This vintage hand-crank grinder is made of tamarisk wood, with hand-engraved silver melange adornment, hand carved camel bone embellishments, and numerous antique coins. Entirely handmade, this grinder was used by southern Morocco nomads while traveling and crossing the Sahara desert. We sourced the item from Zagora, Morocco, where the item has been handed down.
The coins are pounded but two are identifiable as a bronze/copper Moroccan falus, dating them to pre-1901, as this marked the end of falus production. The front of the grinder has a removable drawer, with two coins on each side, one of silver the other of copper. The front has rudimentary engraved silver designs, with additional silver rivet accents. Both sides of the grinder have decorative silver designs with brilliant red pieces of coral in the middle.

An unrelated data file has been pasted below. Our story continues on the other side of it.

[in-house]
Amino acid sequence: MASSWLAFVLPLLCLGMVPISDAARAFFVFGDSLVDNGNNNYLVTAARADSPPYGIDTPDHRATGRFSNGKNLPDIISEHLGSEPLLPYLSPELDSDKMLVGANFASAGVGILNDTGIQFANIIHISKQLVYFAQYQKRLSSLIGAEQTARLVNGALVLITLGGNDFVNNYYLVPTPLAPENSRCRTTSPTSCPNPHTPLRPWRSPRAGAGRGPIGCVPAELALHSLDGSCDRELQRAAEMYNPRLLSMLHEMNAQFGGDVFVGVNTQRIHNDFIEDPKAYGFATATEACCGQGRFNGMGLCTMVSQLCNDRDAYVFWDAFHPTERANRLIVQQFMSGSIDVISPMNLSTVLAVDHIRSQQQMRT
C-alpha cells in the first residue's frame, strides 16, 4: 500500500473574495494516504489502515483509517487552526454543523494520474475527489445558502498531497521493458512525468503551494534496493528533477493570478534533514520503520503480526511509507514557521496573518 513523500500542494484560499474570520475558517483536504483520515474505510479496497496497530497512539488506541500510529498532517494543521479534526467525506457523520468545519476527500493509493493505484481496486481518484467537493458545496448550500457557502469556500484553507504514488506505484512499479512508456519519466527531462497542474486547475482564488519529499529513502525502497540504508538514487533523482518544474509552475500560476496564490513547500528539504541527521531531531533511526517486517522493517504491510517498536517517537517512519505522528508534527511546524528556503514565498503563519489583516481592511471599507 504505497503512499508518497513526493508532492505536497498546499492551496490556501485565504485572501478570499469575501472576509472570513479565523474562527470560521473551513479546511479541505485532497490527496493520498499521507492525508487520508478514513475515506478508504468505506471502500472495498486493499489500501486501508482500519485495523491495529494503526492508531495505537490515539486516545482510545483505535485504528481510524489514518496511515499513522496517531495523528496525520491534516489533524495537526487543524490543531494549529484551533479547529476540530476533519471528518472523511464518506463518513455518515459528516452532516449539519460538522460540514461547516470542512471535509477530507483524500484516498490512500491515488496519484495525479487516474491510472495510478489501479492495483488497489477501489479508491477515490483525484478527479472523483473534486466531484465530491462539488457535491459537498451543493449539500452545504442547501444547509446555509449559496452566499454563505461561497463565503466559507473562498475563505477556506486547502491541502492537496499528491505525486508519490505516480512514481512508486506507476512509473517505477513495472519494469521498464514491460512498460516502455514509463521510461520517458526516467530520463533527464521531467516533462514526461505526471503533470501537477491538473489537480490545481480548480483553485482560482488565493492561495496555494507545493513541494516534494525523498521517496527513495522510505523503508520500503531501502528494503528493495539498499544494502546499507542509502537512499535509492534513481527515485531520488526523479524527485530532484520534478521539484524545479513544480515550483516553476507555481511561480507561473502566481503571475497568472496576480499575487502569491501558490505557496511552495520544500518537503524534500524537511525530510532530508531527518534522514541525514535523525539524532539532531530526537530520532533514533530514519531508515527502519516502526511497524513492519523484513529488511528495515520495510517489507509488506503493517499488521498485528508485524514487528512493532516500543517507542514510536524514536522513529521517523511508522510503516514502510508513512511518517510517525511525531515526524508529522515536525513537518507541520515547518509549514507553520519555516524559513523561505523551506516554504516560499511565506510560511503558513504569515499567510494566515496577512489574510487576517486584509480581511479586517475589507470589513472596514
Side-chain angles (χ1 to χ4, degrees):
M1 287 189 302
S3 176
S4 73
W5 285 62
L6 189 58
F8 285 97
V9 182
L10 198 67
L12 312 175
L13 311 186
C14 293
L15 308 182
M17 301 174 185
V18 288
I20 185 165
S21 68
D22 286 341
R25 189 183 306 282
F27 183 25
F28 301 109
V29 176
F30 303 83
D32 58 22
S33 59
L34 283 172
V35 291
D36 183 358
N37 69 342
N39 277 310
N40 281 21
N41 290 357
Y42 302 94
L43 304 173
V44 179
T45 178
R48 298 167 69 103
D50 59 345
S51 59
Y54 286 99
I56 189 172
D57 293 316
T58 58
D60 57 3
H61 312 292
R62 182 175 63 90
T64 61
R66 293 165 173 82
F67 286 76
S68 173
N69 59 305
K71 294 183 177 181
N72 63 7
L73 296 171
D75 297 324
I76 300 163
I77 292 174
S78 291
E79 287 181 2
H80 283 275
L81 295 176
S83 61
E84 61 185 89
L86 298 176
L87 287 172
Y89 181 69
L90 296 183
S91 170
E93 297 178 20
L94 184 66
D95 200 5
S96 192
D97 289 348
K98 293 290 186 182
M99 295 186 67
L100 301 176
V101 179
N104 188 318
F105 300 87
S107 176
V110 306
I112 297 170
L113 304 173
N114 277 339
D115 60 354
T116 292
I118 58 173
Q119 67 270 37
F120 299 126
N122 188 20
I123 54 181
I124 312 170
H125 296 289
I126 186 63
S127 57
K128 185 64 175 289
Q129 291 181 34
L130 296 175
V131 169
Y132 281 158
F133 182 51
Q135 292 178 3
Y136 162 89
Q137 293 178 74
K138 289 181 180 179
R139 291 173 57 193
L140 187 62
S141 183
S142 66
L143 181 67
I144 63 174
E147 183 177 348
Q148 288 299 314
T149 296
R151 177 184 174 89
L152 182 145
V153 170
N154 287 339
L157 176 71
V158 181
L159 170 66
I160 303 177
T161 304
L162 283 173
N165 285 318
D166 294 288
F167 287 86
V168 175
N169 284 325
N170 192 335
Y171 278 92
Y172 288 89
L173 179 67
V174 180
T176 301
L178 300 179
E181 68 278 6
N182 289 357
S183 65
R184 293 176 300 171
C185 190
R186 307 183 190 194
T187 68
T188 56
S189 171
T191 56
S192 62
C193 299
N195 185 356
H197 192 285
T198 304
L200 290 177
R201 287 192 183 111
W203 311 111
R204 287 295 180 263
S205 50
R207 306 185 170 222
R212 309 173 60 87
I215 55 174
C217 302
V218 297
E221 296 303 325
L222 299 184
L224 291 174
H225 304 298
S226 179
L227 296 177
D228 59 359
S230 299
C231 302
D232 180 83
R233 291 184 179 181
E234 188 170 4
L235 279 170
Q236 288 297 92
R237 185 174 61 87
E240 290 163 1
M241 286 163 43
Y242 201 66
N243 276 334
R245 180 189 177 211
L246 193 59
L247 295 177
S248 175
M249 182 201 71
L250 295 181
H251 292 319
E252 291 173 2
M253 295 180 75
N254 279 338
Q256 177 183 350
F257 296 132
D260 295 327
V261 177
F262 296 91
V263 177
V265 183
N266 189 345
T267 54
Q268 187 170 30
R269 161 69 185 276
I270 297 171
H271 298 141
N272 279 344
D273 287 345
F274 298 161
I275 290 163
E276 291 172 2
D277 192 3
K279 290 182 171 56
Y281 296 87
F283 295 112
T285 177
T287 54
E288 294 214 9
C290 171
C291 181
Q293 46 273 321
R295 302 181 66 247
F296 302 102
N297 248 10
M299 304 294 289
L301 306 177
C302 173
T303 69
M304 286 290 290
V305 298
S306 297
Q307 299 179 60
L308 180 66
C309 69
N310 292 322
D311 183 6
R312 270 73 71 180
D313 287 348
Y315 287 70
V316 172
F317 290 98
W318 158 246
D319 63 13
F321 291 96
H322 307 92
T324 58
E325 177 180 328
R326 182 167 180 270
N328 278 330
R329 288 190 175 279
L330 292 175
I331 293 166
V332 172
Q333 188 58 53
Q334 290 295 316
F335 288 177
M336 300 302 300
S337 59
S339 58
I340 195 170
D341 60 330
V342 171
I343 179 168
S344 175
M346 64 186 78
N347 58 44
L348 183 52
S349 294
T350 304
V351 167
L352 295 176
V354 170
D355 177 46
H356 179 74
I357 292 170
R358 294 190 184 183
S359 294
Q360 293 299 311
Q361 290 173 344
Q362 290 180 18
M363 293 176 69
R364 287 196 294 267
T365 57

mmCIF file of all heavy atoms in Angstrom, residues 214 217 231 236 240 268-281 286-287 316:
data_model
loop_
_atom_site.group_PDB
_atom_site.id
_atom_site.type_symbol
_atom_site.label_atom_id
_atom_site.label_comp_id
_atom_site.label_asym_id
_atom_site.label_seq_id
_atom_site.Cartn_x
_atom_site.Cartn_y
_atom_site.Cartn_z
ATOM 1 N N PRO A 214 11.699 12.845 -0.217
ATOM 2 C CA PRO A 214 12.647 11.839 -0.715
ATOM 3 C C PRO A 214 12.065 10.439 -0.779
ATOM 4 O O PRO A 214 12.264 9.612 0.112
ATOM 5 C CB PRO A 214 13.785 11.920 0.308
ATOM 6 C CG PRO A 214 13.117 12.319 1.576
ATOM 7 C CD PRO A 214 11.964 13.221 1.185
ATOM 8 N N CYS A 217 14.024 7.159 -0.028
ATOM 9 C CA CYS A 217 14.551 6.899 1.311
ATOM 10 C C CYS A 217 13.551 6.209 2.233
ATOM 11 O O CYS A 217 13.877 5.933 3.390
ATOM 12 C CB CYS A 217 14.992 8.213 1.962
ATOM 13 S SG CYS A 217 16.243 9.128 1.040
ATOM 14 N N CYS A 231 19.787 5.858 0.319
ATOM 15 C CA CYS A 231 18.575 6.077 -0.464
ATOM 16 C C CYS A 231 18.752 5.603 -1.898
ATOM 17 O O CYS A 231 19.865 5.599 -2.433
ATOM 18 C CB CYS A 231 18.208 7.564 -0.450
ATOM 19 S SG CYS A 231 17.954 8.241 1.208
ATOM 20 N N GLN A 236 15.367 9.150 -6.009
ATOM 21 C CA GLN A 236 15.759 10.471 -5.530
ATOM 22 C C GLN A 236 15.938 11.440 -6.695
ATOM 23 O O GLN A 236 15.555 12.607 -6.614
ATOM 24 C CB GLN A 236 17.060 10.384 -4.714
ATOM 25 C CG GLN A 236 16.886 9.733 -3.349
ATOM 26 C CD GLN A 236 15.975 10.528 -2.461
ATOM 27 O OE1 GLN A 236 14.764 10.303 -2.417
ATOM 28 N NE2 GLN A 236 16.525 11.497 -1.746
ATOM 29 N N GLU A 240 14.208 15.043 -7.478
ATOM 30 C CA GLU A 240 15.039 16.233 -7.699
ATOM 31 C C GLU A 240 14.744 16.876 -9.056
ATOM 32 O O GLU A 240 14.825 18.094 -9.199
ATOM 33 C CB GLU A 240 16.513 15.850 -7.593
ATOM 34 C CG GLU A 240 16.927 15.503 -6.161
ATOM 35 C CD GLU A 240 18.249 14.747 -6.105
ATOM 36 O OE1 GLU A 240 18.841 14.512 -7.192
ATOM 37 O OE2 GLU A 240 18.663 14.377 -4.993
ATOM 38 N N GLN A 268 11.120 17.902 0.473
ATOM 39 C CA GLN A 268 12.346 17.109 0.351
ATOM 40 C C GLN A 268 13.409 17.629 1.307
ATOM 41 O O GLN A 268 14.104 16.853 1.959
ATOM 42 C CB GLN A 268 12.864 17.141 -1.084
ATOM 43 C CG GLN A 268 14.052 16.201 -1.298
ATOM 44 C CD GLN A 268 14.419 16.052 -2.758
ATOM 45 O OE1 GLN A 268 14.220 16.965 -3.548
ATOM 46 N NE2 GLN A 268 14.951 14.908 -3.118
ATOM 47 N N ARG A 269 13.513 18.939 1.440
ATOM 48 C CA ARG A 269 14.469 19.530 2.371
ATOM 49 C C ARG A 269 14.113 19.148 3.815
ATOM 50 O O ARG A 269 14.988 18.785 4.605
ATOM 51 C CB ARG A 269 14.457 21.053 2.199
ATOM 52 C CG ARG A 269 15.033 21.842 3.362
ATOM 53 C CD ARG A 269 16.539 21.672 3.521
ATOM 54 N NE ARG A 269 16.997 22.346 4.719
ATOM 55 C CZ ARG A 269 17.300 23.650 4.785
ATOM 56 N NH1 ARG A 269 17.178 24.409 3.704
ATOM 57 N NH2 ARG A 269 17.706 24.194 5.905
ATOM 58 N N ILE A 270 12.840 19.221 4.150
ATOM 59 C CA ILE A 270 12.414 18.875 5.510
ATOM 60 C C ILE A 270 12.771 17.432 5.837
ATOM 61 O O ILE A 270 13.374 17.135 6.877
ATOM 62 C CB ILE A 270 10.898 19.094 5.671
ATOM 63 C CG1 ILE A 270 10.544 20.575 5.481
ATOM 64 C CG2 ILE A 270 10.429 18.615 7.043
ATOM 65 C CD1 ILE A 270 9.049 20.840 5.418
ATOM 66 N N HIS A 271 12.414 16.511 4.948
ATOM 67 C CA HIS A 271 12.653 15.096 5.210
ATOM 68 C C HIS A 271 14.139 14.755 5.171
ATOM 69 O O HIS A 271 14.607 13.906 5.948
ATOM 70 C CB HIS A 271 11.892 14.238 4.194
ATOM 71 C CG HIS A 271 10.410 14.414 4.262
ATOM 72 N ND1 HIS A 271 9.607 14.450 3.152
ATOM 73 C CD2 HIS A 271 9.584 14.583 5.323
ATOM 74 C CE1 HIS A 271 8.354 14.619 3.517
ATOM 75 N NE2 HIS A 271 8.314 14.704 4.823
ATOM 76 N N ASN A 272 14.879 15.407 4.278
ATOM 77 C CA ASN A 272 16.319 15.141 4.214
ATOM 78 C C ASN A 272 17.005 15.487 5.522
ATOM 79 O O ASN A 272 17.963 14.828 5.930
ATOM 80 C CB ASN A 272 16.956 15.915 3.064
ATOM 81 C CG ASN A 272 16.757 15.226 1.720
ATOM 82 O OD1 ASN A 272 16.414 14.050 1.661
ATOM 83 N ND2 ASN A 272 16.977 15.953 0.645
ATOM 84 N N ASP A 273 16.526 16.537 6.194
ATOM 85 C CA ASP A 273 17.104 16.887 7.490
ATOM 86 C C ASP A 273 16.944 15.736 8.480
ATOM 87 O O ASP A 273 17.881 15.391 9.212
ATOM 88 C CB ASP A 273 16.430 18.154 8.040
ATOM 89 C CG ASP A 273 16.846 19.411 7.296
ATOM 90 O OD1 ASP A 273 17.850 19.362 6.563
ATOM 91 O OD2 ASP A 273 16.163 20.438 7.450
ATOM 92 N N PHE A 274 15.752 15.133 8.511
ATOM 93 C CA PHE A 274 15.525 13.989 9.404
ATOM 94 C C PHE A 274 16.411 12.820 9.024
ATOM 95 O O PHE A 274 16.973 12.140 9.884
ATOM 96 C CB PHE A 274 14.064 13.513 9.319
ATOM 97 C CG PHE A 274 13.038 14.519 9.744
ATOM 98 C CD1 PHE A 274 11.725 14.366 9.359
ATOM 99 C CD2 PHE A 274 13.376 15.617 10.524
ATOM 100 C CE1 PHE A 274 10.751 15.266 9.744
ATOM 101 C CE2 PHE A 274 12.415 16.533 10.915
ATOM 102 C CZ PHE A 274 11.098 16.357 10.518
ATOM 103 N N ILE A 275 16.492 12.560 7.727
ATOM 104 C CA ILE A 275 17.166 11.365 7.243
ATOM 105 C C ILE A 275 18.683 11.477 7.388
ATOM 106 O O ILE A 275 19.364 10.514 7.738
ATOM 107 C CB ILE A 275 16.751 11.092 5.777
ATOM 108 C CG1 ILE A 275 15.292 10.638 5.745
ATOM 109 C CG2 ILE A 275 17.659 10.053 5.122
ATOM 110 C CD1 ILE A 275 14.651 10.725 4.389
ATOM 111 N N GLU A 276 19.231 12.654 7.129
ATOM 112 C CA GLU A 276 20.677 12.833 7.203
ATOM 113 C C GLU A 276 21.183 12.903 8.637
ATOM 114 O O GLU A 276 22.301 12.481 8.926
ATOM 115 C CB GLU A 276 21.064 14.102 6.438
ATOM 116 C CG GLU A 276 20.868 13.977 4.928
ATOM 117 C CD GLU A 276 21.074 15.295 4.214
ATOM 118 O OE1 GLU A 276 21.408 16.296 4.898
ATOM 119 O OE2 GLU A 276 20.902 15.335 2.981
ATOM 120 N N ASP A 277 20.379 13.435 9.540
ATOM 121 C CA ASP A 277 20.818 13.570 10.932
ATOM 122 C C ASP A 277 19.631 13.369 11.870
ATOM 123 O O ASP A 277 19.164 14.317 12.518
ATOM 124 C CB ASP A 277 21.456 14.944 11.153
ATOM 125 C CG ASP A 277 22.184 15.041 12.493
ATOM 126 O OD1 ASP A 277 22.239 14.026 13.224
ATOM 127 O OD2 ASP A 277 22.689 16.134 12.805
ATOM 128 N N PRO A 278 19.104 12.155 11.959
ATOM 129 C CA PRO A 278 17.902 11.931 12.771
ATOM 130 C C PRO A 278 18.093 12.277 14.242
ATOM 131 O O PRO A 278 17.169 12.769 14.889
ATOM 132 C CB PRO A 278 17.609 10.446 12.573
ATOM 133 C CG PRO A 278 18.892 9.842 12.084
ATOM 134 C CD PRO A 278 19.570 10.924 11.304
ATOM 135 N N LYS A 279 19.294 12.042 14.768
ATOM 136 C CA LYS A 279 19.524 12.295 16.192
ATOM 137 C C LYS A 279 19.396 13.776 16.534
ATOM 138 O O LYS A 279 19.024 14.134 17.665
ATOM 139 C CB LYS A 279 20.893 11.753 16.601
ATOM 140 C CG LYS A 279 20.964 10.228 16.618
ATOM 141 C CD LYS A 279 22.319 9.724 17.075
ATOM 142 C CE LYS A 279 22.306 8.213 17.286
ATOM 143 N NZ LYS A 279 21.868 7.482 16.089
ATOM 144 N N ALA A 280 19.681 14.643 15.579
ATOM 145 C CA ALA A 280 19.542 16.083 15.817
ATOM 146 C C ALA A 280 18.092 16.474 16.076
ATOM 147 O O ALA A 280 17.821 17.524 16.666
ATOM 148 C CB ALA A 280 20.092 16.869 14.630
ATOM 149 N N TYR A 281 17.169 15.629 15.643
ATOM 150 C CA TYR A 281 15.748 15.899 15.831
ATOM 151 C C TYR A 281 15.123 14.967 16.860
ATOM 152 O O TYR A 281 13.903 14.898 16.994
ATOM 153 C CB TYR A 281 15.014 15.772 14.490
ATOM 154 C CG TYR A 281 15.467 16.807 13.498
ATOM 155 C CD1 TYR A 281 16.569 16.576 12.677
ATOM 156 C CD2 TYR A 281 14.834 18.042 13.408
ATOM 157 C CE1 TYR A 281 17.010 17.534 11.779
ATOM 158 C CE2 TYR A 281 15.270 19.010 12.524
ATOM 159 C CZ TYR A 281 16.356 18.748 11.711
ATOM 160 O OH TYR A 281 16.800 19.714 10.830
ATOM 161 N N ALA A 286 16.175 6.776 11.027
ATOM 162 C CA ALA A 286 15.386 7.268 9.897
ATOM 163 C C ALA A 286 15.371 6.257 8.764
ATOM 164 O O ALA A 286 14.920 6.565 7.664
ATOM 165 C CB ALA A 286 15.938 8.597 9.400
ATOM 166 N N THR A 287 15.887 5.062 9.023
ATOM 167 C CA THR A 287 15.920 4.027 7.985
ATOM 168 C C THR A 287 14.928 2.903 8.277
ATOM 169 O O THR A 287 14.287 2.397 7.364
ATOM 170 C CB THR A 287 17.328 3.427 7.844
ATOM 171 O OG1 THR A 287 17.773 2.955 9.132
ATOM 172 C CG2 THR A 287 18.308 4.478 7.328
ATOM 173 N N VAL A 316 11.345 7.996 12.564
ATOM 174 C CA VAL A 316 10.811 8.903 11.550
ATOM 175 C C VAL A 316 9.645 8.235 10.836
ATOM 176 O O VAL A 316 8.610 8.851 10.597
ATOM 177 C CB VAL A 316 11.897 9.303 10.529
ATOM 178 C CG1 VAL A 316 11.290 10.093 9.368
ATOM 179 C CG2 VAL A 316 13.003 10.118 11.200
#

On the back, a large silver star is surrounded by four antique coins, the aforementioned falus. In the middle of the star there is a large malachite gemstone. The top is a combination of metalwork techniques: extensive embossed brass, hand-hammered by a native; repousse silver melange; and hand-beaded brass. Four triangles of camel bone are on each corner, carved with the traditional Moroccan evil eye. One side of the lid opens, and the brass handle turns easily.
Used for grinding coffee or spices, this objet d'art is still fully functional. This objet d'art is entirely handmade by native Moroccan Berber artisans. It is early to mid-20th century.